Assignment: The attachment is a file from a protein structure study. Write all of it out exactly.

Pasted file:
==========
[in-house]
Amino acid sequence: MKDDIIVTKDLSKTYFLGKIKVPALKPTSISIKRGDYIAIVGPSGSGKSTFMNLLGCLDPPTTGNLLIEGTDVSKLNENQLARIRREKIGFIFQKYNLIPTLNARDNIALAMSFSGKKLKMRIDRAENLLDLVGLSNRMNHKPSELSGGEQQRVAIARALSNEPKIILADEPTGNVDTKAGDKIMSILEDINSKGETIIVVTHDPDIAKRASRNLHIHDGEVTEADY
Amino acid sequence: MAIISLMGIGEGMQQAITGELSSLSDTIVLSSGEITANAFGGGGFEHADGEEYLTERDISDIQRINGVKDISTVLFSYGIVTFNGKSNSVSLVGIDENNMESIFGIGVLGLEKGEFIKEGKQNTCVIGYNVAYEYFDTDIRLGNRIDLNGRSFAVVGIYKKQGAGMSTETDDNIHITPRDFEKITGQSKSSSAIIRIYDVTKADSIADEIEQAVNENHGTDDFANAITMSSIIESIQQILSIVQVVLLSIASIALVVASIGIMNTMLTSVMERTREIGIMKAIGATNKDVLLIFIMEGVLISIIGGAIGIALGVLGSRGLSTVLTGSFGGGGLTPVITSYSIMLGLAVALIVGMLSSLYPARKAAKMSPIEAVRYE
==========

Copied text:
[in-house]
Amino acid sequence: MKDDIIVTKDLSKTYFLGKIKVPALKPTSISIKRGDYIAIVGPSGSGKSTFMNLLGCLDPPTTGNLLIEGTDVSKLNENQLARIRREKIGFIFQKYNLIPTLNARDNIALAMSFSGKKLKMRIDRAENLLDLVGLSNRMNHKPSELSGGEQQRVAIARALSNEPKIILADEPTGNVDTKAGDKIMSILEDINSKGETIIVVTHDPDIAKRASRNLHIHDGEVTEADY
Amino acid sequence: MAIISLMGIGEGMQQAITGELSSLSDTIVLSSGEITANAFGGGGFEHADGEEYLTERDISDIQRINGVKDISTVLFSYGIVTFNGKSNSVSLVGIDENNMESIFGIGVLGLEKGEFIKEGKQNTCVIGYNVAYEYFDTDIRLGNRIDLNGRSFAVVGIYKKQGAGMSTETDDNIHITPRDFEKITGQSKSSSAIIRIYDVTKADSIADEIEQAVNENHGTDDFANAITMSSIIESIQQILSIVQVVLLSIASIALVVASIGIMNTMLTSVMERTREIGIMKAIGATNKDVLLIFIMEGVLISIIGGAIGIALGVLGSRGLSTVLTGSFGGGGLTPVITSYSIMLGLAVALIVGMLSSLYPARKAAKMSPIEAVRYE